While scientists have been unable to precisely date the remains, Shanidar 3 could have lived and died as recently as 50,000 years ago. If so, he could have encountered modern humans who were just returning to the area then after a 30,000-year hiatus.
Archaeological evidence also suggests that by 50,000 years ago humans, but not their Neandertal cousins, had developed projectile hunting weapons, Churchill said. They used spear throwers, detachable handles that connected with darts and spears to effectively lengthen a hurler's arm and give the missiles a power boost.
As human weapons technology advanced, Neandertals continued using long thrusting spears in hunting, which they probably tried -- for personal safety -- to keep between themselves and their prey instead of hurling them, Churchill added.
Both Neandertals and humans were also armed with stone knives. And both species had developed techniques for making sharp stone points.
Looking back at this Paleolithic cold case, the study's authors evaluated all the possible causes of the rib wound with the aid of contemporary tools.
The injury is "consistent with a number of scenarios, including wounding from a long-range projectile (dart) weapon, knife stab, self-inflicted accidental injury and accidental stabbing by a hunting partner," the report said.
Drawing from studies aimed at improving police and prison guard protection, the researchers concluded that the downward sweep of a knife could have the correct trajectory to produce Shanidar 3's rib injury. "Knife attacks generally involve a relatively higher kinetic energy," the report said. However, "whatever created that puncture was carrying fairly low kinetic energy at a low momentum," said Churchill. "That's consistent with a spear-thrower delivered spear."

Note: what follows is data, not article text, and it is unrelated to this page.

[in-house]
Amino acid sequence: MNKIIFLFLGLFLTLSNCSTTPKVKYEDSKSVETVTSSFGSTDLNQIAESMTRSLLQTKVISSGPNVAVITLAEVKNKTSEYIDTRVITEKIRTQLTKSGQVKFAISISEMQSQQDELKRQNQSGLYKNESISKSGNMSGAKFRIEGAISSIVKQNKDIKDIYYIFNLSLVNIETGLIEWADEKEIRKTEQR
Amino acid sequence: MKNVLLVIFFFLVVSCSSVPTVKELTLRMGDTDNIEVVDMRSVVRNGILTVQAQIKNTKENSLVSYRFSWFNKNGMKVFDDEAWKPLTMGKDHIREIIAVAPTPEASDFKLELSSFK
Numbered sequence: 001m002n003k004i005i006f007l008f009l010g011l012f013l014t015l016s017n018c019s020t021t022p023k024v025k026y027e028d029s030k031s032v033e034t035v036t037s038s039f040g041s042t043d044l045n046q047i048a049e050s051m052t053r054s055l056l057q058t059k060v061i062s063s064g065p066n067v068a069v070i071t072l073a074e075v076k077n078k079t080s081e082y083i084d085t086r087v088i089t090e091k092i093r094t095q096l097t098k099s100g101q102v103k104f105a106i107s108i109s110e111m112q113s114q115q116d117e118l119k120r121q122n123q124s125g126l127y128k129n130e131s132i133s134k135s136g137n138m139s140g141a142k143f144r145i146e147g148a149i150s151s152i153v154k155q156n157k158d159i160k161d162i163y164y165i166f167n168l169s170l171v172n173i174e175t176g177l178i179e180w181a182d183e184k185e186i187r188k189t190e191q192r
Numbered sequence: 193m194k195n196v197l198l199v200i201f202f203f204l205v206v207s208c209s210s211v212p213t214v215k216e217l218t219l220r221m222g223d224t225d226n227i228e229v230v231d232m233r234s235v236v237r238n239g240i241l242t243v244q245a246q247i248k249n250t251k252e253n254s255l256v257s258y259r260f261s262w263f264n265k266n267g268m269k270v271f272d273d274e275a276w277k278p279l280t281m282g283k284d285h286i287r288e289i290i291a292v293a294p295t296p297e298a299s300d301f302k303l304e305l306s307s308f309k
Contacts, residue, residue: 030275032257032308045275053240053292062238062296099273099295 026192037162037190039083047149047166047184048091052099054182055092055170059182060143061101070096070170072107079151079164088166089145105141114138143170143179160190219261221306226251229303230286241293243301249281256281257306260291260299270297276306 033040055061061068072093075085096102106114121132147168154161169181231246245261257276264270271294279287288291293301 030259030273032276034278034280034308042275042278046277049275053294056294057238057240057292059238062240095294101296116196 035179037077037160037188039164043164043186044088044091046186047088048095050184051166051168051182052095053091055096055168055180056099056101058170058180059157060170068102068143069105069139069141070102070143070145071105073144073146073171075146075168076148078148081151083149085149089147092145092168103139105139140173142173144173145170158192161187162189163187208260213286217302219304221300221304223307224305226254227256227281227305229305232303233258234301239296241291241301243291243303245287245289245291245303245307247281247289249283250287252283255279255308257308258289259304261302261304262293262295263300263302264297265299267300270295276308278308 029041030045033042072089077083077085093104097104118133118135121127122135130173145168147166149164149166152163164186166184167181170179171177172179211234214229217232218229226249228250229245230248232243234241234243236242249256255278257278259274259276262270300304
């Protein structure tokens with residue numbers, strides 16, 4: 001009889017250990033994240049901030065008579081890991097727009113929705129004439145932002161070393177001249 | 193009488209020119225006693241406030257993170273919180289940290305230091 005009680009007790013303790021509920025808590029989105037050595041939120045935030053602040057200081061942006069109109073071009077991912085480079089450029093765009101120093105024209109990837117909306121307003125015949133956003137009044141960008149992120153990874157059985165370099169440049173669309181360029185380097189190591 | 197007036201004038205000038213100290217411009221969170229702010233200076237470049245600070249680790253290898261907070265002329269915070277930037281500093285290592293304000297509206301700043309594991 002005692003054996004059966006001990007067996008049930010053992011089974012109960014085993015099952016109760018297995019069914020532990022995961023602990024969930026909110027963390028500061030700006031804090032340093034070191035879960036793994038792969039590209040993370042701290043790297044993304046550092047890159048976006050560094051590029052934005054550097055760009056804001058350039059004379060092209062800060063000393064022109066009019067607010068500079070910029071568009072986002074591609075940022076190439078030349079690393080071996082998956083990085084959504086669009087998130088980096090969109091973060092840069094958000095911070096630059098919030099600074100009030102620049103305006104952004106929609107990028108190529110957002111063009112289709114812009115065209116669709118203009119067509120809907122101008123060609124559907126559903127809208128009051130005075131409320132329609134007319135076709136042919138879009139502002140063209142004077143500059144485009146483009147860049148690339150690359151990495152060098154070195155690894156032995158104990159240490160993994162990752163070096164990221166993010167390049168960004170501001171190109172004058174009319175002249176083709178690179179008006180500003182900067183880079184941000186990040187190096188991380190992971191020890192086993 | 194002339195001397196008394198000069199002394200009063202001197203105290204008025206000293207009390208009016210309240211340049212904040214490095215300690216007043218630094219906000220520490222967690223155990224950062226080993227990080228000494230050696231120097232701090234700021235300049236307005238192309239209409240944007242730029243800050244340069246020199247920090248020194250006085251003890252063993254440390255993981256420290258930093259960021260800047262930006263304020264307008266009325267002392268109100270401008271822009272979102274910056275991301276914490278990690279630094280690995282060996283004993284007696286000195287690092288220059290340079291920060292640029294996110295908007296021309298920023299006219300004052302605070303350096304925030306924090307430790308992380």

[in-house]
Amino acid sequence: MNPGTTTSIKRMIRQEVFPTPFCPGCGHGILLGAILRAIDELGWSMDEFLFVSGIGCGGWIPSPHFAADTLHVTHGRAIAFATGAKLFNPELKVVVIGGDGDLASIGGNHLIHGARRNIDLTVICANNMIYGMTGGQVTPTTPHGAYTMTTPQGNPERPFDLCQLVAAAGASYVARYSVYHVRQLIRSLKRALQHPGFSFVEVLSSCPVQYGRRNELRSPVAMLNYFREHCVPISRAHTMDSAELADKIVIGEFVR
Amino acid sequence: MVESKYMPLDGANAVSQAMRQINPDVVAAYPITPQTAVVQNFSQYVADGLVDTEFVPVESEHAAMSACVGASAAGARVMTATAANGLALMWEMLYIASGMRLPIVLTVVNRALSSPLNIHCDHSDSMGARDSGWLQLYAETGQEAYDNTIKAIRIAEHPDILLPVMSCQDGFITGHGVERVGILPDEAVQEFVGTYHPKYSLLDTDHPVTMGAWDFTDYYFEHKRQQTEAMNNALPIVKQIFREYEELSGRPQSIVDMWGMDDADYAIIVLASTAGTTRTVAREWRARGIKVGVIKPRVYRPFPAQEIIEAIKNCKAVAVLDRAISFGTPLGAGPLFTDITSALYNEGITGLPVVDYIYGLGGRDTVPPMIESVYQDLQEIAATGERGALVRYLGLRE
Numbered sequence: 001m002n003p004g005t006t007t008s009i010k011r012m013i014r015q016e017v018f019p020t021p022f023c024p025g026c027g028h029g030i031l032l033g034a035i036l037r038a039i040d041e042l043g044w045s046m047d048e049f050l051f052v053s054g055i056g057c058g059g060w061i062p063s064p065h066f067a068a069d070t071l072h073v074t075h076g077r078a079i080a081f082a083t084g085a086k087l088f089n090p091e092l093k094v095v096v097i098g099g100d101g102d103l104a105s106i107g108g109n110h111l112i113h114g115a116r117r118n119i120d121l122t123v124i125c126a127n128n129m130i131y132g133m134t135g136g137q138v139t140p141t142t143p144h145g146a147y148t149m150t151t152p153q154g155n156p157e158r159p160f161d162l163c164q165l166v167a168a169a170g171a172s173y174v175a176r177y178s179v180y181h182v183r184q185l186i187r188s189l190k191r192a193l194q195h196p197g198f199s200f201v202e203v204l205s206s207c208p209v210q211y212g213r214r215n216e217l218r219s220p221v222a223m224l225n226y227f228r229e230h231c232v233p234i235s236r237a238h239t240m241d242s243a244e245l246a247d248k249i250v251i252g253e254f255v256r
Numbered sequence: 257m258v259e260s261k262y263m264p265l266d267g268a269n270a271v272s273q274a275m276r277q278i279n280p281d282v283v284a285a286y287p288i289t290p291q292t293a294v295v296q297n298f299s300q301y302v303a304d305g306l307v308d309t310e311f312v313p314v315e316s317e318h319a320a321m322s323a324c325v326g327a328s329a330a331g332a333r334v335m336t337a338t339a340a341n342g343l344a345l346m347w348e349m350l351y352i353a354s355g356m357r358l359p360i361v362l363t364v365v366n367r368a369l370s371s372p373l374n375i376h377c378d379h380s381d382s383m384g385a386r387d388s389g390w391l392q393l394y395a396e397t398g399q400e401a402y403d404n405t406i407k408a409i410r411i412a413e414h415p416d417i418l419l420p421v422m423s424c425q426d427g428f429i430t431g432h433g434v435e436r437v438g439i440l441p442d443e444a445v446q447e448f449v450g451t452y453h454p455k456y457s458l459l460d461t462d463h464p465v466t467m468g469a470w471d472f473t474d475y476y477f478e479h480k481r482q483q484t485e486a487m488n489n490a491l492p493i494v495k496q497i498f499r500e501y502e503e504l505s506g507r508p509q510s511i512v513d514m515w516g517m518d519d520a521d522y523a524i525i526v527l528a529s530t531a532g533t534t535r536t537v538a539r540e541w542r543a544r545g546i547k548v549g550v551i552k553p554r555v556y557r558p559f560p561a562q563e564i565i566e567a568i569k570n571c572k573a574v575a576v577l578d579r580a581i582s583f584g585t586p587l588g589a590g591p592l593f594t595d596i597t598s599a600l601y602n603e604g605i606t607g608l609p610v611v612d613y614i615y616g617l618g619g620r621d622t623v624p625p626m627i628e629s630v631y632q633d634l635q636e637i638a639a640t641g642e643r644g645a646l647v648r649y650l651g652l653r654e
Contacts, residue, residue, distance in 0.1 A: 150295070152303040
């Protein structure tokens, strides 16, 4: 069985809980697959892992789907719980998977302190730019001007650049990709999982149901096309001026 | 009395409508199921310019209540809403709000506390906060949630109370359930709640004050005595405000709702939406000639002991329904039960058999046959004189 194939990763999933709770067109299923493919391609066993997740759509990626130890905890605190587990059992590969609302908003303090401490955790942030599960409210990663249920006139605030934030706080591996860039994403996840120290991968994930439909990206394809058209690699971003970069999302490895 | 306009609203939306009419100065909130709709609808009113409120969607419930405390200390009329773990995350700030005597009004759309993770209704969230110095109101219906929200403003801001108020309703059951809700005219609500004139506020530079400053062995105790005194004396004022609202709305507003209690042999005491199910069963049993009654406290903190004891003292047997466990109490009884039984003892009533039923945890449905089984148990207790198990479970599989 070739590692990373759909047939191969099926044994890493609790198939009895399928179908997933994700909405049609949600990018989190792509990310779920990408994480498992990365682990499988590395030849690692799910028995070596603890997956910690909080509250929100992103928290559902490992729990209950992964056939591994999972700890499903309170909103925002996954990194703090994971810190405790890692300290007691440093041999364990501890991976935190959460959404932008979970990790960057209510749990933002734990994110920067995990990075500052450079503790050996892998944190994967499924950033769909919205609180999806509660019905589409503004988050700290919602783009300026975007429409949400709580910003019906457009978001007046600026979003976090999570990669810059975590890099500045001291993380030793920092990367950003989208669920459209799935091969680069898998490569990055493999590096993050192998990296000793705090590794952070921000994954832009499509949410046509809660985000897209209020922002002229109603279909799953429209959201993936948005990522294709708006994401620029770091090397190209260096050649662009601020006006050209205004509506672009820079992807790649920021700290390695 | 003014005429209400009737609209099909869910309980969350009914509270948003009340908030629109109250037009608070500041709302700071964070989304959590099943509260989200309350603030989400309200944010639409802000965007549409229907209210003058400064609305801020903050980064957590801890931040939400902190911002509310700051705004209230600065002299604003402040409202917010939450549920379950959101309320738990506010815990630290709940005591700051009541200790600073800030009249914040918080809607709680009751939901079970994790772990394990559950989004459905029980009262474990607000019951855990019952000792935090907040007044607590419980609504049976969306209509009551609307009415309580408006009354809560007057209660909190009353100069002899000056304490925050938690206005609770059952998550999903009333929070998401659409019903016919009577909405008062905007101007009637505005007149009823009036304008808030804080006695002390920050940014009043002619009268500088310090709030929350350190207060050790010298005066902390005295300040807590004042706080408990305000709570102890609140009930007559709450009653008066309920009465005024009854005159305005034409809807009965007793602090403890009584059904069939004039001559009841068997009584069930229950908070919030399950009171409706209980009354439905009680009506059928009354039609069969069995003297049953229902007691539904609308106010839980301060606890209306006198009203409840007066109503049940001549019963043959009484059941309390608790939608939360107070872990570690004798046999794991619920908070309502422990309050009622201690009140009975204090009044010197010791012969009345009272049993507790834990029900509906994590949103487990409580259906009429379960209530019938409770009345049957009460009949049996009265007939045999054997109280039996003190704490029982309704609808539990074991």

The investigators rigged up a special crossbow to fire stone-age projectiles, using calibration marks on the crossbow to tell them how much force they were delivering with each launch.
Those tests revealed the delivered energy needed to create similar wounds in the ribs of pig carcasses, which the researchers used as an approximation of a Neandertal's body.
The researchers also used measurements from a 2003 study to estimate the impact of using a thrusted rather than thrown spear, the kind of jabbing that Neandertals are thought to have employed. That produced higher kinetic energies and caused more massive rib damage than Shanidar 3 sustained.
Another clue was the angle of the wound. Whatever nicked his rib entered the Neandertal's body at about 45 degrees downward angle. That's consistent with the "ballistic trajectory" of a thrown weapon, assuming that Shanidar 3 -- who was about 5 feet, 6 inches tall -- was standing, Churchill said.
The study was funded by the National Science Foundation, the L.S.B. Leakey Foundation and the University of New Mexico. Other co-authors of the Journal of Human Evolution report include Robert Franciscus, an associate professor of anthropology at the University of Iowa; and three Duke alumni who assisted Churchill as undergraduates -- Hilary McKean-Peraza, Julie Daniel and Brittany Warren.